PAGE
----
adoption beginning January 1, 2017. In 2016, the FASB issued additional guidance to clarify the implementation guidance. During the fourth quarter, the Company completed its evaluation of the new standard and concluded that revenue recognition will remain materially consistent with the Company’s current revenue recognition policies. The Company adopted the provisions of this guidance on April 1, 2018 using the modified retrospective approach under which prior years data is not recast. The adoption of this guidance did not have a material impact on the Company’s opening accumulated deficit.

Liquidity and Capital Resources

We have incurred net losses each year since we commenced our operations. Since our inception, we have financed our operations substantially through the private placement of shares of our common and preferred stock, the issuance of promissory notes, our initial public offering and subsequent private and public offerings, notes payable and common stock used to fund various acquisitions.

We may continue to generate net losses in the future primarily due to depreciation and amortization, interest on notes payable,
marketing and promotional activities and content acquisition and marketing costs. Certain of these costs, including costs of content acquisition, marketing and promotional activities, could be reduced if necessary. The restrictions imposed by our debt agreements may limit our ability to obtain financing, make it more difficult to satisfy our debt obligations or require us to dedicate a substantial portion of our cash flow to payments on our existing debt obligations. The Prospect Loan requires certain screen turn performance from certain of our Phase I and Phase II subsidiaries. While such restrictions may reduce the availability of our cash flow to fund working capital, capital expenditures and other corporate requirements, we do not have similar restrictions imposed upon our CEG businesses. We may seek to raise additional capital as necessary. Failure to generate additional revenues, raise additional capital or manage discretionary spending could have an adverse effect on our financial position, results of operations or liquidity.

On November 1, 2017, in connection with the Stock Purchase Agreement (the "Stock Purchase Agreement") with Bison Entertainment Investment Limited, an affiliate of Bison Capital Holding Company Limited (“Bison”), we sold 20,000,000 shares of our Class A Common Stock for an aggregate purchase price of $30.0 million, of which 19,666,667 shares were sold to Bison, and 333,333 shares were sold to the CEO of the Company. As a result of the of the transactions described above, Bison became a majority shareholder of the outstanding Class A Common Stock and designated two (2) nominees of the Company’s
Board of Directors, the size of which is set at seven (7) members. During the year ended March 31, 2018, we consummated exchange agreements with holders of substantially all of our remaining 5.5% Convertible Notes due 2035 ("Convertible Notes"), whereby $50.6 million principal amount of the Convertible Notes were exchanged for a combination of $17.6 million cash, 3,536,783 shares of Class A Common Stock and $1.5 million of Second Lien Notes. The Convertible Notes were immediately retired.

As a result of the of the transactions described above, Bison became a majority shareholder of the outstanding Class A Common Stock and is entitled to designate two (2) nominees for our Board of Directors, the size of which is set at seven (7) members.

In accordance with the Stock Purchase Agreement, on December 29, 2017, we entered into a Loan with Bison, pursuant to which the Company borrowed $10.0 million. The Loan matures on June 28, 2021 and bears interest at 5% per annum, payable quarterly in cash. The principal is payable upon maturity. The Loan is unsecured and may be prepaid without premium or penalty, and contains customary covenants, representations and warranties. In conjunction with the Loan agreement, the Company issued warrants to purchase 1,400,000 shares of the Company’s Class A common stock.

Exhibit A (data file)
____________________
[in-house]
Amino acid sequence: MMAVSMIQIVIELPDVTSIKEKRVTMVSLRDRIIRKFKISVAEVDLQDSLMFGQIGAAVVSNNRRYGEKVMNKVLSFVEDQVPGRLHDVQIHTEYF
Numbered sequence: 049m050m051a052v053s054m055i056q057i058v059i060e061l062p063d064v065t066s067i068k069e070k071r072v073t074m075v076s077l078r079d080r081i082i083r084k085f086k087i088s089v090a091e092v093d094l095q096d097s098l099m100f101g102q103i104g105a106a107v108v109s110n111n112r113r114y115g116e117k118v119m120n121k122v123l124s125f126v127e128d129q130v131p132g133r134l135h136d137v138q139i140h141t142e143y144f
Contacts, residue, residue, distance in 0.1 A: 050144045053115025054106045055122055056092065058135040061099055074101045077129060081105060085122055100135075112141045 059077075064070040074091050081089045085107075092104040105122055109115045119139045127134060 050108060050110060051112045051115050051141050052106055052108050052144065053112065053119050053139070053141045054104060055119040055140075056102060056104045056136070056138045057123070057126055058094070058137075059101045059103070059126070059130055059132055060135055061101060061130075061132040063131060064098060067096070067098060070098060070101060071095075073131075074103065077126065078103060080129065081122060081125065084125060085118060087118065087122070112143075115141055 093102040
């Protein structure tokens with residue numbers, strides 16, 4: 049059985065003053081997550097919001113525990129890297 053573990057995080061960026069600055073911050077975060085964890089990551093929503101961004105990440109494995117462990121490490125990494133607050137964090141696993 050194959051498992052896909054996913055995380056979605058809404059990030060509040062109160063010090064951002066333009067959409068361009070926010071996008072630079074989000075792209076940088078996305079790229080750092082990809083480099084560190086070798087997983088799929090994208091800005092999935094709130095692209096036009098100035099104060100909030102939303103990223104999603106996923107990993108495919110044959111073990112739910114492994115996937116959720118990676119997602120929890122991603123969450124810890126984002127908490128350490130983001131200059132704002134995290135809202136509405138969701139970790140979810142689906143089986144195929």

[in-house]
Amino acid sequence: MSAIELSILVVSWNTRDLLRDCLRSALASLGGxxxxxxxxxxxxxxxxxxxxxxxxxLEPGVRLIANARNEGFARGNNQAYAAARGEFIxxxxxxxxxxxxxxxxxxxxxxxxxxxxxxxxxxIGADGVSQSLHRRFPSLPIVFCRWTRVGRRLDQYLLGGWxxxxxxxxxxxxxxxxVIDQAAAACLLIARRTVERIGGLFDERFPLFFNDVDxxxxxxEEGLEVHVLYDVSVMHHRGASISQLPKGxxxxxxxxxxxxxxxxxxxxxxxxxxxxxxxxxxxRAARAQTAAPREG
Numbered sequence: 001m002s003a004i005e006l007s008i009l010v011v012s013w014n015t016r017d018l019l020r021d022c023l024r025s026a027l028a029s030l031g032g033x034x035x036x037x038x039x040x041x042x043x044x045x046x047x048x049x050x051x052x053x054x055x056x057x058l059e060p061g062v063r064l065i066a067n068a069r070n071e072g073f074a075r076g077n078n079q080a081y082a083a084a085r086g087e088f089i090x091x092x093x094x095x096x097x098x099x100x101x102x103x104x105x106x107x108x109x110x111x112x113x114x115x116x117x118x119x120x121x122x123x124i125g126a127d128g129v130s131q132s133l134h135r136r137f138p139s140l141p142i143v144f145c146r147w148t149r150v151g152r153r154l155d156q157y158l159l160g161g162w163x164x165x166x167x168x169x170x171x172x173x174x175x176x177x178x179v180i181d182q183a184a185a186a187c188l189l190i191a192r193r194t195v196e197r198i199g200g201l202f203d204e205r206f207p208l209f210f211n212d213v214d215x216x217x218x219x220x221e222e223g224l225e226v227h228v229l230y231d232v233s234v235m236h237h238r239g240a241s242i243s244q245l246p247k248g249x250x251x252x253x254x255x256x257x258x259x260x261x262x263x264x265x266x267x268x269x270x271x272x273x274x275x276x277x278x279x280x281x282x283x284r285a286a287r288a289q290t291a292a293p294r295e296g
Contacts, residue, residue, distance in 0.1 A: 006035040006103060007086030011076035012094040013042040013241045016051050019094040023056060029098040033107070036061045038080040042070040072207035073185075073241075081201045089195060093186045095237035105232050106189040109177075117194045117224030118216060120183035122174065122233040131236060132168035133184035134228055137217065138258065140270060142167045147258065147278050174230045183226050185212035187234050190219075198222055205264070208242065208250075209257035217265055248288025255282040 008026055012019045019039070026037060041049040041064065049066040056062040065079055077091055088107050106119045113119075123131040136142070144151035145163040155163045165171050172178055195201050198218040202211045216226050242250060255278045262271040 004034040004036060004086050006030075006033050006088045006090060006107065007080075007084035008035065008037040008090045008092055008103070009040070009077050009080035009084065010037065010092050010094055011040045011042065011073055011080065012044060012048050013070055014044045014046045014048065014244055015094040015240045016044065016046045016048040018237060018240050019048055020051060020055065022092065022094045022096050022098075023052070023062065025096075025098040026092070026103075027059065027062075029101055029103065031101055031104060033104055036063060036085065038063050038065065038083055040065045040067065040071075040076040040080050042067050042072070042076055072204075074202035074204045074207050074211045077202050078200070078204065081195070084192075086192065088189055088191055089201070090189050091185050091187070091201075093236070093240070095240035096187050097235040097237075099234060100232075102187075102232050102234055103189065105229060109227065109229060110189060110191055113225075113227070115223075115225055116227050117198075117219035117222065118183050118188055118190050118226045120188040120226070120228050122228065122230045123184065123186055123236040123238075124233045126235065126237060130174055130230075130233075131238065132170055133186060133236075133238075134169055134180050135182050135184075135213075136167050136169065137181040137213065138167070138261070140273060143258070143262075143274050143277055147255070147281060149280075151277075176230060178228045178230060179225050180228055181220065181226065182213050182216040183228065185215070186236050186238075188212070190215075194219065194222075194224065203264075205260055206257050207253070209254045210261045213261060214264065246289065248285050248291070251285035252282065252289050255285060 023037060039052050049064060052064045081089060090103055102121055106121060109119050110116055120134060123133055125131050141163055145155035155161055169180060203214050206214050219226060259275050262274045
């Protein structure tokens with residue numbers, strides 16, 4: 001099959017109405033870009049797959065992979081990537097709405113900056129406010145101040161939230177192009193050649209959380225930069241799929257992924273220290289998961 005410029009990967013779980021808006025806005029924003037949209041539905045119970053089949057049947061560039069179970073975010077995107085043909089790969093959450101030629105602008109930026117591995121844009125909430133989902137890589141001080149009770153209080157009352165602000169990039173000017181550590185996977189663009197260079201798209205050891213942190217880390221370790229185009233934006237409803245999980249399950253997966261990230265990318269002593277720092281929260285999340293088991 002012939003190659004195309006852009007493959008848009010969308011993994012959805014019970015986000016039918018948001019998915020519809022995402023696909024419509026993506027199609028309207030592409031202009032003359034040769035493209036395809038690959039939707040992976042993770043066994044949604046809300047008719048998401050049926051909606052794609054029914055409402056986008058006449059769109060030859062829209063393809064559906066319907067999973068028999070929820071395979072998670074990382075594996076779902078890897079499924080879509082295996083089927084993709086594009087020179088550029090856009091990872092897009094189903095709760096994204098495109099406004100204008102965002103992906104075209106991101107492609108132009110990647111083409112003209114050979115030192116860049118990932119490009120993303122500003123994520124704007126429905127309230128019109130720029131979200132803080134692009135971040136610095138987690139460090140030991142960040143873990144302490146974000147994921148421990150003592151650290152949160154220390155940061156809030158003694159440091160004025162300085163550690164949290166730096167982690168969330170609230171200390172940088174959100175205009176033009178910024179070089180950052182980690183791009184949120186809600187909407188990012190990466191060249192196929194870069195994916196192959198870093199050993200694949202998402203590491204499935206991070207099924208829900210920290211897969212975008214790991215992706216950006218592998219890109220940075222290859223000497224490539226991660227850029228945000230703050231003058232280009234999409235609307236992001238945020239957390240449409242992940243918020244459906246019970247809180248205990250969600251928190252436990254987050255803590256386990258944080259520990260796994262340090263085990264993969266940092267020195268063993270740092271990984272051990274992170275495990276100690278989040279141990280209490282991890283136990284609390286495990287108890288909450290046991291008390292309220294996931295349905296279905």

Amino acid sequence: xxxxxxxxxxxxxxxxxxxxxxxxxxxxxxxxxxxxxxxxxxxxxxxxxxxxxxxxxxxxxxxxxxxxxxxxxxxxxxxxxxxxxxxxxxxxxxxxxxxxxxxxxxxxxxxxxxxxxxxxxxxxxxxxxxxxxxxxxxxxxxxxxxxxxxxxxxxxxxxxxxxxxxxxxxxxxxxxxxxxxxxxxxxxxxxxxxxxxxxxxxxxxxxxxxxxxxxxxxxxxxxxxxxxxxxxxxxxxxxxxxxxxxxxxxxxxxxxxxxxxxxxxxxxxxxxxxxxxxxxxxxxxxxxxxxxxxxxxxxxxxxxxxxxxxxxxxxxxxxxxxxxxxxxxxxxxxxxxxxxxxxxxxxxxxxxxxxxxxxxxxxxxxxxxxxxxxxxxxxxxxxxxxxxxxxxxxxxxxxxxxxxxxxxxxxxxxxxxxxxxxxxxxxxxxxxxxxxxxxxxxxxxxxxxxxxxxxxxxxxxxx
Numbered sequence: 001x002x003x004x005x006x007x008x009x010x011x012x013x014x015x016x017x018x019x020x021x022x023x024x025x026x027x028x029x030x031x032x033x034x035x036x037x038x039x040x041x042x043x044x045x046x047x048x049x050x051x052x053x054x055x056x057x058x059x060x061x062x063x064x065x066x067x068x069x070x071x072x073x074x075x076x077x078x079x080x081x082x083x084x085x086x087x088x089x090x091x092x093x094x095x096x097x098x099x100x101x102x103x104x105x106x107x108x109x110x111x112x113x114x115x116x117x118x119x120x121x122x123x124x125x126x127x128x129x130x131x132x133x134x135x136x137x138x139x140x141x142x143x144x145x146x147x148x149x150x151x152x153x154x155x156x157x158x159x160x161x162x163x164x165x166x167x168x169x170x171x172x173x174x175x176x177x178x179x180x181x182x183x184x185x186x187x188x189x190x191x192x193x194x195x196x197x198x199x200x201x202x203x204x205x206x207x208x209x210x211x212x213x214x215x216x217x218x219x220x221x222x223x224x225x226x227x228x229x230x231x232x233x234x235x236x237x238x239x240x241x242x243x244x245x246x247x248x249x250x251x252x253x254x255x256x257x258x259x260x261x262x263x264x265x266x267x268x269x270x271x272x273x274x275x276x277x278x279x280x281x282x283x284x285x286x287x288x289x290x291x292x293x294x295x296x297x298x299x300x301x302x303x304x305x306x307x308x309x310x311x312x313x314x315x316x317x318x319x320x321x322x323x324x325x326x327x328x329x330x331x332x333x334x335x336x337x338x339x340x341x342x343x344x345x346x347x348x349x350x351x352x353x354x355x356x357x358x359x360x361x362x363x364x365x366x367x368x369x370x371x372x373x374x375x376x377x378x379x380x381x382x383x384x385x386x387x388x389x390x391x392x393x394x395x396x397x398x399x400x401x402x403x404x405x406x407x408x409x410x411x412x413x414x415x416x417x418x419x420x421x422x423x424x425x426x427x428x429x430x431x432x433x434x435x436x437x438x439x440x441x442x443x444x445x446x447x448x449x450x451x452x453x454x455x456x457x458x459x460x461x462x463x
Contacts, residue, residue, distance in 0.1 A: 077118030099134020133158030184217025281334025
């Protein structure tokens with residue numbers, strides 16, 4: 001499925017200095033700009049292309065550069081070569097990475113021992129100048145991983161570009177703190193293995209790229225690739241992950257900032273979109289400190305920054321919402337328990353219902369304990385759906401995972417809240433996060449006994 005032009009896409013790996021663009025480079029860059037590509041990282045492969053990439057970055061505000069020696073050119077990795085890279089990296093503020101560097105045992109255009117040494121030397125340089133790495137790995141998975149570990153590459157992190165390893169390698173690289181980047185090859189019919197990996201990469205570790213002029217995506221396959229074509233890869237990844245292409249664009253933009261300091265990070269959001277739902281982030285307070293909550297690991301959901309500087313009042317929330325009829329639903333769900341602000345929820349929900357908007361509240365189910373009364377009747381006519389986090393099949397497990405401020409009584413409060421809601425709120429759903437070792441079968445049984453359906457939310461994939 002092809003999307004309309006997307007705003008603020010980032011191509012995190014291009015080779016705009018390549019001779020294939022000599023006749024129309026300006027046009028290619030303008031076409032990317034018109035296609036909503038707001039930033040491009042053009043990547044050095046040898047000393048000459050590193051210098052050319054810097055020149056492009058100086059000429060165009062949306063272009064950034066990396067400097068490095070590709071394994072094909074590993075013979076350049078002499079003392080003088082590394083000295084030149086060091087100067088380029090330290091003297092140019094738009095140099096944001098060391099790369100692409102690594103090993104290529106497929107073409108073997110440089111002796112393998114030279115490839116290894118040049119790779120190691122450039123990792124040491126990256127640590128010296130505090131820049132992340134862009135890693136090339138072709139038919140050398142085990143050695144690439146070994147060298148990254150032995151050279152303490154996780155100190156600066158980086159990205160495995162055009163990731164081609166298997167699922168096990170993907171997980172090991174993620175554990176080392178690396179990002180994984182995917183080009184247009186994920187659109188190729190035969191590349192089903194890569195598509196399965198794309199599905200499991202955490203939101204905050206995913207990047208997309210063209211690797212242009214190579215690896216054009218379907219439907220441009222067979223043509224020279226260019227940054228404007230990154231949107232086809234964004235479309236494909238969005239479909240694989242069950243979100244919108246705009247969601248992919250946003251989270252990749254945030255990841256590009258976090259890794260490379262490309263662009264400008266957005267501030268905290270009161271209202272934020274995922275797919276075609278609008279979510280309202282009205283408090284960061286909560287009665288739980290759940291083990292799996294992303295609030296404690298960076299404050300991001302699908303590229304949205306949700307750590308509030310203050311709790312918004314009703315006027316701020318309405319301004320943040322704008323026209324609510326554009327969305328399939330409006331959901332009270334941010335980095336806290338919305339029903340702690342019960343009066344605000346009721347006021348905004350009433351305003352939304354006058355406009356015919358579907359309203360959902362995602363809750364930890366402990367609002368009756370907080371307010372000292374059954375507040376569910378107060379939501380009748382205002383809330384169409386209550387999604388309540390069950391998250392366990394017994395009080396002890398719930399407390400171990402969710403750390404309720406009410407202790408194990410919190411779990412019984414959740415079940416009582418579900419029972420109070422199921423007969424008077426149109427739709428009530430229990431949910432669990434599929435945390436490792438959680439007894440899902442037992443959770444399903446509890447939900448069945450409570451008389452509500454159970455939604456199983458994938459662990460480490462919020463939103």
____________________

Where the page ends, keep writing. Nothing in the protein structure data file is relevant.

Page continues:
Our business is primarily driven by the growth in global demand for video entertainment content in all forms and, in particular, the shifting consumer demand for content in digital forms within home and mobile devices as well as the maturing digital cinema marketplace. Our primary revenue drivers are expected to be the increasing number of digitally equipped devices/screens and the demand for entertainment content in theatrical, home and mobile ancillary markets. According to the Motion Picture Association of America, there were approximately 43,600 domestic (United States and Canada) movie theatre screens and approximately 152,000 screens worldwide, of which approximately 42,500 of the domestic screens were equipped with digital cinema technology, and more than 12,000 of those screens contain our Systems. Historically, the number of digitally equipped screens in the marketplace has been a significant determinant of our potential revenue. Going forward, the expansion of our content business into ancillary distribution markets and digital distribution of narrowcast OTT content are expected to be
the primary drivers of our revenues.


30



Non-Recourse Indebtedness

Our Phase I and Phase II Deployment businesses have historically been financed through a series of non-recourse loans. Certain of the subsidiaries that make up our Phase I and Phase II Deployment businesses have pledged their assets as collateral for, and are liable with respect to, certain indebtedness for which the assets of our other subsidiaries generally are not. We have referred to this indebtedness as "non-recourse debt" because the recourse of the lenders is limited to the assets of specific subsidiaries. Such indebtedness includes the Prospect Loan, the KBC Facilities, the P2 Vendor Note and the P2 Exhibitor Notes. The balance of our non-recourse debt, net of related debt issuance costs, as of March 31, 2018 was $37.6 million and$0.5 million for our Phase I and Phase II Deployment segments, respectively, which matures as presented in the Contractual Obligations table below. We continue to expect cash flows from our Phase I and II deployment operations will be sufficient to satisfy our liquidity and contractual requirements that are linked to these operations.